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What the New DHS H-1B Process Means for Employers

2/3/2019
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Last week, the Department of Homeland Security (DHS) posted a final rule in an effort to create a more effective and efficient H-1B visa program. The rule will go in effect April 1 and changes the way in which petitions are selected in the annual H-1B visa lottery. The new rule also paves the way for further changes—namely electronic registration—in the fiscal year (FY) 2021 cap season. Keep reading to learn what exactly these changes are and how they will affect your business. 
 
Change of Lottery Selection Order
 
The most immediate change brought by the new rule is restructuring of the order in which the United States Citizenship and Immigration Services (USCIS) selects H-1B visa allocations. Beginning this year, the USCIS will select 65,000 H-1B petitions for all applicants first, followed by the selection of 20,000 petitions from applicants with a U.S. master's degree or higher. 
 
In the past, the USCIS has selected the 20,000 applicants with a U.S. masters degree or higher before selecting 65,000 H-1B petitions from all applicants. According to a press release from the USCIS, the rule change will result in a 16%—or 5,340 workers—increase in individuals with a master's degree or higher from a U.S. institution having their petition selected.   
 
Electronic Registration 
 
While the revised selection process goes into effect this year, the electronic registration process that was proposed along with it—as we detailed in our blawg, A Step Forward for the H-1B Visa Process, Or Is It?—will be delayed until the FY 2021 cap season. The decision to delay the rollout of electronic registration is in response to public feedback—and is embraced by many immigration lawyers, including us—as it allows the USCIS more time to ensure the system and process are fully functioning before going live.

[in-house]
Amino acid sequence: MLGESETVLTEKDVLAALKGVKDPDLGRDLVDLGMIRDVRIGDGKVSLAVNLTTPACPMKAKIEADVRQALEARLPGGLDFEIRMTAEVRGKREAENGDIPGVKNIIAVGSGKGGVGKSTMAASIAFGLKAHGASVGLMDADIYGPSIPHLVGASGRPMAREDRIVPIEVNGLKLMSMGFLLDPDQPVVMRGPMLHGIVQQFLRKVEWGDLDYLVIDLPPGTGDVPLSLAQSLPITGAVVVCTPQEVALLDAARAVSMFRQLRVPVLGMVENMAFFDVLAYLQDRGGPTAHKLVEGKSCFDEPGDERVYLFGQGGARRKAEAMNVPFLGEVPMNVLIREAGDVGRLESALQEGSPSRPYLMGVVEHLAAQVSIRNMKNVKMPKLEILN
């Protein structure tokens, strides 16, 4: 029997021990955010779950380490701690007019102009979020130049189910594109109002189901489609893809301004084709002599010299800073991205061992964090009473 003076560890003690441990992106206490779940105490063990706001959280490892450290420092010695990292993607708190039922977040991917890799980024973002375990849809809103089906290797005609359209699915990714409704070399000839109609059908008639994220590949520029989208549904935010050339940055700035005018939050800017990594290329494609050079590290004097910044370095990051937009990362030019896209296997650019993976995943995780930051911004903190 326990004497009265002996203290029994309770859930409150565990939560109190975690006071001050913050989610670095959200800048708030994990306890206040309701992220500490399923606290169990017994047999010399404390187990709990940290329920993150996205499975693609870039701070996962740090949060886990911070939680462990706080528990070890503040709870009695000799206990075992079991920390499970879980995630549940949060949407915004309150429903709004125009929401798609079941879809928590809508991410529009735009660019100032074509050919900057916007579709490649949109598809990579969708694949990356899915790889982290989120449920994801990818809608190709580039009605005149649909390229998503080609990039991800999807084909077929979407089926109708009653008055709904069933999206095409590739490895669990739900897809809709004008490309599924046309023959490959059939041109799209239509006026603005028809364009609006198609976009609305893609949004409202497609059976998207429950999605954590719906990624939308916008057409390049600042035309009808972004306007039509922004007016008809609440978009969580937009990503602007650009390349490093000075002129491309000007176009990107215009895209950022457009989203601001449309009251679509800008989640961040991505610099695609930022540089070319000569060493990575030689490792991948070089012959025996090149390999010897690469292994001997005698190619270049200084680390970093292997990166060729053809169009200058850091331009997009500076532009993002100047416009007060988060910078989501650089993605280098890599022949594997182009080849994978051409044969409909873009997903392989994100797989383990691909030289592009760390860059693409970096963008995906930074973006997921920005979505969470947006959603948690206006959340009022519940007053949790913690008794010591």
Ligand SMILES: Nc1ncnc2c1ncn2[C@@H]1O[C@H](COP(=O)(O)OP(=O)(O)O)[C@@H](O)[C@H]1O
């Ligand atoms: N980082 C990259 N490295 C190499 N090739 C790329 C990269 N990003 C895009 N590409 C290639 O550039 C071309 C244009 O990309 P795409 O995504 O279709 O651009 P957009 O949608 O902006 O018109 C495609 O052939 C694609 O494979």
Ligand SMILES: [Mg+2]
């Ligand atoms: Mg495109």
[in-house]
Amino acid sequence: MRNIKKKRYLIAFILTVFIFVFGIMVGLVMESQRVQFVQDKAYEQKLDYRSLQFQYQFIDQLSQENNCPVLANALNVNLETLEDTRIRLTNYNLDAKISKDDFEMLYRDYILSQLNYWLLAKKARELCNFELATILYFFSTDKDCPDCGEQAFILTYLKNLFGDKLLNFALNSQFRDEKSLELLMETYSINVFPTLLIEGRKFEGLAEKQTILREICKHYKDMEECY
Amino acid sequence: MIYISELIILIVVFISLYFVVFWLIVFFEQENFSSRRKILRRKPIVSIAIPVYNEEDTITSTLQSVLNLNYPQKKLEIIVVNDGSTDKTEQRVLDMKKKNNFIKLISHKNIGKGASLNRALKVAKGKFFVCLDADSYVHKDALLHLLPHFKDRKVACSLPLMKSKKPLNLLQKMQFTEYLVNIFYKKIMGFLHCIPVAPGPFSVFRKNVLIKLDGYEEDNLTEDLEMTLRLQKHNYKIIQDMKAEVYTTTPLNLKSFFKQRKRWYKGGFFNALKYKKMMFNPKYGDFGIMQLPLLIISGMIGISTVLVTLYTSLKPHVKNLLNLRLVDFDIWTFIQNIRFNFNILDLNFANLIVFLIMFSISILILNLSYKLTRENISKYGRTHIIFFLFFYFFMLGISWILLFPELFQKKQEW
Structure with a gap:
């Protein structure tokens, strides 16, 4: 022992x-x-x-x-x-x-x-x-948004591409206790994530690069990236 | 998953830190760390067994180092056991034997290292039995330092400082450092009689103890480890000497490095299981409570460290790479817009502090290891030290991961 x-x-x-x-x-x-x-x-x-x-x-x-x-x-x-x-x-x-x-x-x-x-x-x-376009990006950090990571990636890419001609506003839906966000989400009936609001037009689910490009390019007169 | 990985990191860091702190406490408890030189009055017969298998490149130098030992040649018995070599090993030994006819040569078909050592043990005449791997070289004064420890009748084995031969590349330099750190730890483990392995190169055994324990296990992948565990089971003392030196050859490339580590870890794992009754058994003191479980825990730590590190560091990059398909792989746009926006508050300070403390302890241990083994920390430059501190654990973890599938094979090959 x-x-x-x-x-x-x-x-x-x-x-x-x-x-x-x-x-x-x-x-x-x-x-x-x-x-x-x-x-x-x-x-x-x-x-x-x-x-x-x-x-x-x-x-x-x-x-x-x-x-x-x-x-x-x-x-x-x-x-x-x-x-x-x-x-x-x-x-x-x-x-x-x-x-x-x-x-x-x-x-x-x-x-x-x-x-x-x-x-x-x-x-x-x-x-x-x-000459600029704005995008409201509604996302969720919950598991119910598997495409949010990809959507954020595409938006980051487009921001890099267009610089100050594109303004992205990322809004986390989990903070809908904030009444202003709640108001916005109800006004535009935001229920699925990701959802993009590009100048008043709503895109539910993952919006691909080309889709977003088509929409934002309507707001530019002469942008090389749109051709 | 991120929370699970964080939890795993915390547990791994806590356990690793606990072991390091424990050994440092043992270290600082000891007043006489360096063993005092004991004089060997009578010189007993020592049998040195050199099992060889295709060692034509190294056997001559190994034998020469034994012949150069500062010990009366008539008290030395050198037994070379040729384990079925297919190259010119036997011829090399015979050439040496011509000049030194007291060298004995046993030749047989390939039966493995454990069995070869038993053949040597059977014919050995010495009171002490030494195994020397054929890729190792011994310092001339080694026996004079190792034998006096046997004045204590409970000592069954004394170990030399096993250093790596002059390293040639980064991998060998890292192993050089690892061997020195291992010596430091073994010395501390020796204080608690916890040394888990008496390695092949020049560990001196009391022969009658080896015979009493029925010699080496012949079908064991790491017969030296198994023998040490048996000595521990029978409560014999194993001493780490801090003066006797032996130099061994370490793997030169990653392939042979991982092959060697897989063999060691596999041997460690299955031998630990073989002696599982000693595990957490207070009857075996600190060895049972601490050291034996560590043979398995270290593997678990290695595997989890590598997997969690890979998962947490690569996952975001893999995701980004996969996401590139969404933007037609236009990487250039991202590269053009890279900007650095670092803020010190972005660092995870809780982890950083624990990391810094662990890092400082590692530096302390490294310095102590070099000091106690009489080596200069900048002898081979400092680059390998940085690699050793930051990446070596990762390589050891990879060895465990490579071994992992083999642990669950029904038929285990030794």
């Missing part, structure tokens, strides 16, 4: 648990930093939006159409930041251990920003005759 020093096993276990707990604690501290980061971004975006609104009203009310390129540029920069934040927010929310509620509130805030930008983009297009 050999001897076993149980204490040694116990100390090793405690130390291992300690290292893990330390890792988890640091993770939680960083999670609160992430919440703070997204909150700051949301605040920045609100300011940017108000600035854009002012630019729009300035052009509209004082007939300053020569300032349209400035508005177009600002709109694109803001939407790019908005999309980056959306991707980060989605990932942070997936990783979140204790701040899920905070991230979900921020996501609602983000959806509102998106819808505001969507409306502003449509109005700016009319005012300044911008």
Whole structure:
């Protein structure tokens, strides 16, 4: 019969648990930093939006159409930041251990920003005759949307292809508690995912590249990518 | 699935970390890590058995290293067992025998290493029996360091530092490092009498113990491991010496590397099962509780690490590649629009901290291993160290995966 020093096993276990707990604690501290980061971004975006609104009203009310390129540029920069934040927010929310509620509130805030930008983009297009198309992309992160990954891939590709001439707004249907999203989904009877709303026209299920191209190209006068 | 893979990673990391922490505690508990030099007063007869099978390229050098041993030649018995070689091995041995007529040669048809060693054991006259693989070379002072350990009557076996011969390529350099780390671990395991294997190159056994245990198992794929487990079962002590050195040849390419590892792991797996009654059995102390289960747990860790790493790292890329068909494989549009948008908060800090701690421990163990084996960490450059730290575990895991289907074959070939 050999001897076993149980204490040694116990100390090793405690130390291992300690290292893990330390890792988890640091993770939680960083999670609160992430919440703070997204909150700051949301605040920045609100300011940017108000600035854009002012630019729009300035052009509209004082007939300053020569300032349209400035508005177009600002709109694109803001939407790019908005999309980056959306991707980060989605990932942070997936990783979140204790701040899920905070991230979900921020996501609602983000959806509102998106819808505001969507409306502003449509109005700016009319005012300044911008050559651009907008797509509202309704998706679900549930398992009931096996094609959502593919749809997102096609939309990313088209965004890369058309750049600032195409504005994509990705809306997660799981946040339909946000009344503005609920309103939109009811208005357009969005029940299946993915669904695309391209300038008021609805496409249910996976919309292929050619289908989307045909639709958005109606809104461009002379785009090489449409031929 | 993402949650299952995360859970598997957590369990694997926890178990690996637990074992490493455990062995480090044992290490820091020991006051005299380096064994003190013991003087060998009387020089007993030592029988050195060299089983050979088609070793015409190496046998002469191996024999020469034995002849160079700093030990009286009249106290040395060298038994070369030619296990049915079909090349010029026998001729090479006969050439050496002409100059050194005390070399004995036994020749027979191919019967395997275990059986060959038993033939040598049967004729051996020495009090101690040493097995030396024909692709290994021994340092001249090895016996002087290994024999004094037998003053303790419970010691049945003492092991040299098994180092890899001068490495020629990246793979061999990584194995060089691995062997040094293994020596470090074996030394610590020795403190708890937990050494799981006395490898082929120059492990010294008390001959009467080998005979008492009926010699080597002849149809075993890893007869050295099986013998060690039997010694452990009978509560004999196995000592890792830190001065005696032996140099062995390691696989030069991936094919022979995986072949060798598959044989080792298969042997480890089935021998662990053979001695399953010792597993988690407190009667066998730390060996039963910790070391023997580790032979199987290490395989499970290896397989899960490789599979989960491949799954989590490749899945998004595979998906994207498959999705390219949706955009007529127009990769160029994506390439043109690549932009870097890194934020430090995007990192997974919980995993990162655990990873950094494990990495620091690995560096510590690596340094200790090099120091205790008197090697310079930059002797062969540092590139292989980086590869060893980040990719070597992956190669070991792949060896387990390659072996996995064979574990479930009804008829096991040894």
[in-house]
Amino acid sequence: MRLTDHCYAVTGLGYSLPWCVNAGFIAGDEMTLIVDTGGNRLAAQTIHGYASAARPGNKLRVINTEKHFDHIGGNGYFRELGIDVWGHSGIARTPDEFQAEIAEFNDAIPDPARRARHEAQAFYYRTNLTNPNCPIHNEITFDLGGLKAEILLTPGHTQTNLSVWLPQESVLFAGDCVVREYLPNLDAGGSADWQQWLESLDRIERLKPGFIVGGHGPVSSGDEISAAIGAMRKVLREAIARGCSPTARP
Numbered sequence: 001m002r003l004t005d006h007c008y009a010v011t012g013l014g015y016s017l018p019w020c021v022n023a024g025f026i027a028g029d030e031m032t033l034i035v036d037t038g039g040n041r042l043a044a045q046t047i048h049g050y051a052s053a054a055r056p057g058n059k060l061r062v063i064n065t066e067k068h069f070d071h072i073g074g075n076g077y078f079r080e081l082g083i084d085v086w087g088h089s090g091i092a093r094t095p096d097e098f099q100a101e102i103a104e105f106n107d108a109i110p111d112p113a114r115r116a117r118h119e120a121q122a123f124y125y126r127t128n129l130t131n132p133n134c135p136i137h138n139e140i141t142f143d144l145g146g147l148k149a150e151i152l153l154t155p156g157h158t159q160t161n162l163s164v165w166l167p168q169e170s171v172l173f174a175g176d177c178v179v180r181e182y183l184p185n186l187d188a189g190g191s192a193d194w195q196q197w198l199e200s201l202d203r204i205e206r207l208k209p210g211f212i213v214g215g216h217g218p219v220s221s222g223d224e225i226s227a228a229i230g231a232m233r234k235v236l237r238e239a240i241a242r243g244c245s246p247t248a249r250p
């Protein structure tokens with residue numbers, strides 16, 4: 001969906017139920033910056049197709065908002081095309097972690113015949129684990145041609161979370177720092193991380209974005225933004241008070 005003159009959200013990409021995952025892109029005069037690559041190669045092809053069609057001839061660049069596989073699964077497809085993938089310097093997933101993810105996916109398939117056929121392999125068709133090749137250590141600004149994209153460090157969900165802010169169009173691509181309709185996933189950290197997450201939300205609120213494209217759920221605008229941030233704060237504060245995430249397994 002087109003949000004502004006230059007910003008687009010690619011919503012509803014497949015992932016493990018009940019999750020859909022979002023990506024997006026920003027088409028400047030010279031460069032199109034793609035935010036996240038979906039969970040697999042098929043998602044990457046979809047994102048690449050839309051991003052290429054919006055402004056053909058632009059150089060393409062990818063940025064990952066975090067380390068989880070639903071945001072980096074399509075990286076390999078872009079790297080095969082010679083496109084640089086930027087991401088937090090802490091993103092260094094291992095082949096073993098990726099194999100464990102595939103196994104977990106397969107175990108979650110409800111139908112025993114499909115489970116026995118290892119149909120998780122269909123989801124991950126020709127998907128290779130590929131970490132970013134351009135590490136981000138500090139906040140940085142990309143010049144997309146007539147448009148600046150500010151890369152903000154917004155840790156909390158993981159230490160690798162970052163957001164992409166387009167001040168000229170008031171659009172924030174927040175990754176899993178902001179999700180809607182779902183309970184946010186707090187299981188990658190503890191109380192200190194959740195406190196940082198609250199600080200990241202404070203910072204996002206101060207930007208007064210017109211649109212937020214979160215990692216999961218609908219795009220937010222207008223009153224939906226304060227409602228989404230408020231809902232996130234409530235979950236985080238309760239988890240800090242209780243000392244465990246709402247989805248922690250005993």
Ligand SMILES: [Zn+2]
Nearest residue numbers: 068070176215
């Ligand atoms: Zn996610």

Once implemented, the electronic registration process will present a large shift in the way H-1B visas are processed. Beginning in FY 2021 cap season, electronic registration will be required of all H-1B cap petitioners, including those eligible for the advanced degree exemption, to electronically register—rather than submitting a complete H-1B petition—with the USCIS during a designated period. 
 
What These Changes Mean for Employers
 
Depending on an employer’s hiring strategy, this rule may or may not be beneficial. For employers seeking to hire foreign nationals with advanced degrees from U.S. colleges and universities, the odds of being selected in the H-1B visa lottery has improved. However, there could be unintended consequences to the new rule, such as putting businesses that employ professionals in fields that don’t require a masters degree—for example, architecture, accounting, and public education—at a disadvantage. It could also have an impact on the healthcare sector, which heavily relies on foreign physicians, many of whom completed their medical education overseas. The rule will also lower the odds for some of the most skilled and qualified applicants with foreign advanced degrees—like those from prestigious universities such as Oxford University, Sorbonne University, and the University of Toronto.
 
The new electronic registration process will make it easier for employers to participate in the H-1B lottery and USCIS believes it will make the H-1B cap process more cost-effective for petitioners and more efficient for the USCIS. But, will this be the result? 
 
On the surface, only needing to simply register for the H-1B lottery, rather than submit a completed petition, would seem like a positive for employers. However, in many ways, this could end up costing employers additional time. The most notable potential problem is that the registration system could become inundated with non-meritorious applications. 
 
Why GoffWilson 
 
GoffWilson solely practices immigration law and has successfully assisted thousands of employers and employees with their H-1B petitions. If you have a question about the H-1B visa, how to put your petition together with the best chance for success, and how the new rule will affect your business, contact GoffWilson today. Put our thirty-plus years of experience and success with immigration and deep knowledge of the H-1B visa to work for you. Immigration—it’s ALL we do!

Filed under:H-1B Visa, Immigration Law